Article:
News recently erupted that Santa Fe Springs officials issued a citation ordering a California family to remove a backyard play structure that was was a gift from the Make-A-Wish Foundation. 10-year-old Tiffany Miranda suffers from a severe seizure disorder. Tiffany’s mother told CBS Los Angeles that the disorder prevents Tiffany from playing on public playground equipment. The Make-A-Wish Foundation granted the girl playground play set for her back yard to make play-time easier and safer. The Santa Fe Springs government officials, according to CBS, said that the play structure is an eyesore.
“When I asked the city, ‘So where do you expect my daughter to play?’ they said ‘Well, the city’s not responsible for your daughter’s disability…’ They said ‘Your Tiffany is not our problem,'” Jessica Torres, Tiffany’s mother explained to CBS. “I’m not going to let this go. I’m not going to remove the playhouse and I’m not going to remove her canopy and I want them to stop picking on my Tiffany.”
Torres told CBS that the playset from the Make-A-Wish Foundation makes her daughter feel like a normal girl. News like this travels fast and it wasn’t long before other news sources reported on the story as well. The Daily Signal, The Blaze and many others featured the story about Tiffany’s Make-A-Wish gift.
Santa Fe Springs city manager Thaddeus McCormack told CBS Los Angeles’ Adrianna Weingold that the city only wanted Torres to clean up the area around the Make-A-Wish gift. Weingold claims that the area around the playset is already neat and tidy. Weingold stated that the citation itself specifically instructs the family to dismantle the Make-A-Wish gift. Weingold also saw some of the tickets issued by the city calling for the family to remove all items from the family’s backyard.
Reason reported in the incident claiming the city officials changed their stance on the removal of the Make-A-Wish Gift.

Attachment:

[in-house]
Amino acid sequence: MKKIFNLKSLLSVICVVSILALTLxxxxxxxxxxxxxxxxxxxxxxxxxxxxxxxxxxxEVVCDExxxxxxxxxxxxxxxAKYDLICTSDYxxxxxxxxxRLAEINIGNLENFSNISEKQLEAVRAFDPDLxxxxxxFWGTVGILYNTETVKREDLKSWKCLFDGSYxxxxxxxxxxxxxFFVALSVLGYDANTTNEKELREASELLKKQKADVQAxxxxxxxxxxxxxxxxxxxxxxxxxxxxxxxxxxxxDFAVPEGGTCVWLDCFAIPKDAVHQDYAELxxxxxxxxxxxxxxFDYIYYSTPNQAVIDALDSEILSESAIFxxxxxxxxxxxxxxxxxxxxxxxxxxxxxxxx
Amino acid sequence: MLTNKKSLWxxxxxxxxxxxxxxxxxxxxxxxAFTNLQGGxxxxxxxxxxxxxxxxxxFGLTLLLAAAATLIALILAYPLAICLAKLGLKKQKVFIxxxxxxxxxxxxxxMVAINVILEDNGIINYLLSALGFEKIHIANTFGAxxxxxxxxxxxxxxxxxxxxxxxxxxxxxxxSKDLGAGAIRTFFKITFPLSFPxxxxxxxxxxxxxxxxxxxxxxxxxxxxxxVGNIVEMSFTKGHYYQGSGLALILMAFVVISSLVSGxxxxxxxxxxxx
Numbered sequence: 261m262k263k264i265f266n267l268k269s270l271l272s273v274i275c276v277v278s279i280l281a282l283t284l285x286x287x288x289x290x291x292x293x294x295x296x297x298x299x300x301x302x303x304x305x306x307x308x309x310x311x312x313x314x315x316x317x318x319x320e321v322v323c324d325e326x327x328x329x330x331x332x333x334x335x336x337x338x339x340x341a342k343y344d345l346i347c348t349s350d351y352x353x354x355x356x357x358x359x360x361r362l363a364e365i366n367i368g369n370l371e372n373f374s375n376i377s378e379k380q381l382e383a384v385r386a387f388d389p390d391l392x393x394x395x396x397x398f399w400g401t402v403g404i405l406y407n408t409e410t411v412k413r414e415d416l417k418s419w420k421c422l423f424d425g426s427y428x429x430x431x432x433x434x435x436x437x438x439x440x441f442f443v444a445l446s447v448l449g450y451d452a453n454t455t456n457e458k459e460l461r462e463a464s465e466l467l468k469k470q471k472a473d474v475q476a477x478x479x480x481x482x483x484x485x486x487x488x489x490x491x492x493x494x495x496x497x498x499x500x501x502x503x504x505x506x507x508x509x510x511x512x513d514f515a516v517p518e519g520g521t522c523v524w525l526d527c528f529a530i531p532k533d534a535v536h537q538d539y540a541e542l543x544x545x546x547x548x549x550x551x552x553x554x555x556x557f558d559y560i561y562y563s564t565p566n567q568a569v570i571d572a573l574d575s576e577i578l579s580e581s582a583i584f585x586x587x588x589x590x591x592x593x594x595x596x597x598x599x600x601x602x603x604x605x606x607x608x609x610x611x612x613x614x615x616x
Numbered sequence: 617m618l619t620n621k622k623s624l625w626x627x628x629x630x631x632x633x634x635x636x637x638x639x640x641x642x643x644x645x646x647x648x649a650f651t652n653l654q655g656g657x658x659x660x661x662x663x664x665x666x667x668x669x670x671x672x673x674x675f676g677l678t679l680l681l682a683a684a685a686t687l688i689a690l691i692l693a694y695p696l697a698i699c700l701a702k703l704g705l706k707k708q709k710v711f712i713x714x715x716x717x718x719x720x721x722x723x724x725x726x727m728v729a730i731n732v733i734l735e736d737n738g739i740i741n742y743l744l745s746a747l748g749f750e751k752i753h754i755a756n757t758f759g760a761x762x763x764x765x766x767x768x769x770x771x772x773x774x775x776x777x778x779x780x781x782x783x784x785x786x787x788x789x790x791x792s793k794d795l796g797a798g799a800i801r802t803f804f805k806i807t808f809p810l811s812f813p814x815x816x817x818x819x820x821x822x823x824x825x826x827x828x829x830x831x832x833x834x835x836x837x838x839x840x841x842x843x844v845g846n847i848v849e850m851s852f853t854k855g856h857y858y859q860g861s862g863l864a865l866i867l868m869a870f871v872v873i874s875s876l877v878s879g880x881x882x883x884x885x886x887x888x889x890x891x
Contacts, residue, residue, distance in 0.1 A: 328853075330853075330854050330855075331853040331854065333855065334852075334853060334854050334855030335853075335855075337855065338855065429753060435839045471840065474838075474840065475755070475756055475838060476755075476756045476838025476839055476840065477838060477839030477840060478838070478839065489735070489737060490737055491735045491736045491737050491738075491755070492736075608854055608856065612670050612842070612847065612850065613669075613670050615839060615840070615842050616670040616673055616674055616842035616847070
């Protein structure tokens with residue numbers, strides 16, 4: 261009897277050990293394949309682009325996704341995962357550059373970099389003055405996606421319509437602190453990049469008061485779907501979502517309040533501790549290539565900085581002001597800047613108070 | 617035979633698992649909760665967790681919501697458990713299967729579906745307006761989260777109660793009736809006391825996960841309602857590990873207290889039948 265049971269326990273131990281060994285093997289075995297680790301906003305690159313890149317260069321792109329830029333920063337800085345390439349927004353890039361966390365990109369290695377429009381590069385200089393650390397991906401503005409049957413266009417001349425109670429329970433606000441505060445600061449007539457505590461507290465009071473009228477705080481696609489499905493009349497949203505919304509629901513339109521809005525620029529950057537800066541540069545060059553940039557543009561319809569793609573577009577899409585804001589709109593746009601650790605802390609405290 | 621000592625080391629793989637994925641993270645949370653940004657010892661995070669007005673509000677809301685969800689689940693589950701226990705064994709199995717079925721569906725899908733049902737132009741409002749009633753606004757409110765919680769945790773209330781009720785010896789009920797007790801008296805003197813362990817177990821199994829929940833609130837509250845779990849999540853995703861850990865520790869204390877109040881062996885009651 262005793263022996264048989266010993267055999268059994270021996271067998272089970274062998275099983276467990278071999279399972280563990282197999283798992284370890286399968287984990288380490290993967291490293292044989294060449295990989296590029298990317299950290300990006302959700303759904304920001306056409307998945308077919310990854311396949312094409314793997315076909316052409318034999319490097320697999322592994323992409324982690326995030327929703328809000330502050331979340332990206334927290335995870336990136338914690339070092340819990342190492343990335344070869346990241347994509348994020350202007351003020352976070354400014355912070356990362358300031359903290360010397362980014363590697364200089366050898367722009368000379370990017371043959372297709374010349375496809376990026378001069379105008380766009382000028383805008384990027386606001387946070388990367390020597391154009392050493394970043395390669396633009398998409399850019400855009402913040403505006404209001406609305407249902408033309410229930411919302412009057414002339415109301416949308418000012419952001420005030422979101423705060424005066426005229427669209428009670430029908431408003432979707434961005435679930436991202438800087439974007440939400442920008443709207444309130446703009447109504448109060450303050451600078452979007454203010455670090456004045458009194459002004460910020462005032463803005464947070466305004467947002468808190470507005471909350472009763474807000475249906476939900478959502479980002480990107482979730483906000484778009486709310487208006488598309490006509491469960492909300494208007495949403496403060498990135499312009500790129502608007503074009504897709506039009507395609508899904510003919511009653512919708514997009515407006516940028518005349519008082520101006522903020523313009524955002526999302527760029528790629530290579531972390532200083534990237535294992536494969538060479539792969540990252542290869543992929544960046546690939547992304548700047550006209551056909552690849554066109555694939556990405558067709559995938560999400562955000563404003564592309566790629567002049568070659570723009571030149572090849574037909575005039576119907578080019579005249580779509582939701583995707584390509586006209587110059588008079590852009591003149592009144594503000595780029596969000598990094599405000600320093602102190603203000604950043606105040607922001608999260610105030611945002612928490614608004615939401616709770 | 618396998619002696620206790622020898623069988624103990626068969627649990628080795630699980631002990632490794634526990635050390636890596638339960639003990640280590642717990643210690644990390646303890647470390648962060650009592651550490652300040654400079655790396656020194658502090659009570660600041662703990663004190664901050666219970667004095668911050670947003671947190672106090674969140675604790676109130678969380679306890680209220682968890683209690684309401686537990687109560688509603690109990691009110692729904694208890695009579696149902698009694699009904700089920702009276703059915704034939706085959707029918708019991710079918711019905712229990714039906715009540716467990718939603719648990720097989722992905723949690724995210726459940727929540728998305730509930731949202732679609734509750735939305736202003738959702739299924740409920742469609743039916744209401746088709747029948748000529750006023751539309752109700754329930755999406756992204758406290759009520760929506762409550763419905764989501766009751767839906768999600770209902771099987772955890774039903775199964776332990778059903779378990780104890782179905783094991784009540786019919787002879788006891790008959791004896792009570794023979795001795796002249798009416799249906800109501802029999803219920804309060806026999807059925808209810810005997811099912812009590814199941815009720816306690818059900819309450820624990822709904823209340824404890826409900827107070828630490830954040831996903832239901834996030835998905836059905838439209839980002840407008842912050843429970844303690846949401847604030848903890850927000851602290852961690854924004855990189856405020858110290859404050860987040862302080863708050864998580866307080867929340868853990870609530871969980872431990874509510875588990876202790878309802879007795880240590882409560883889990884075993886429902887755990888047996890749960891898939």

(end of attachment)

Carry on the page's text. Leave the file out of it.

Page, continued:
“After Weingold approached city officials, they changed their story. Now it’s perfectly fine to keep the personal playground up and running, they said—despite what is explicitly printed on the numerous tickets the Mirandas received for hosting unauthorized fun in the privacy of their own backyard.”
According to Torres, at the time of the interview, no one from the City of Santa Fe Springs contacted her that the playground equipment is allowed to remain in the family’s backyard. Though Torres said she has not intentions of taking it down, to listen to the city manager would be in direct violation of the actual citations, according to media reports.
Contrary to these reports, McCormack is trying to make it clear the city does not want the little girl’s Make-A-Wish gift removed. McCormack says the city officials only wanted the yard cleaned up.
“The City is aware of the recent news story alleging that the City is requiring a local family to dismantle a backyard playground donated by the Make-A-Wish Foundation for their 10-year-old daughter. Regrettably, the news report erred in perpetuating that allegation. The property referenced in the piece was the subject of an ongoing Property Maintenance case. However, none of the issues (which are by-and-large routine in nature) have anything to do with the backyard playground. While it would be inappropriate to disclose the details of the property maintenance issues, suffice to say that the City shares the family’s concerns for the wellbeing of their daughter, as well as that of all of the residents in and around the subject property.”
According to McCormack, as of Thursday, Santa Fe Springs officials clarified the misunderstanding about the Make-A-Wish gift and has resolved all outstanding property maintenance issues.
[Image via CBS video]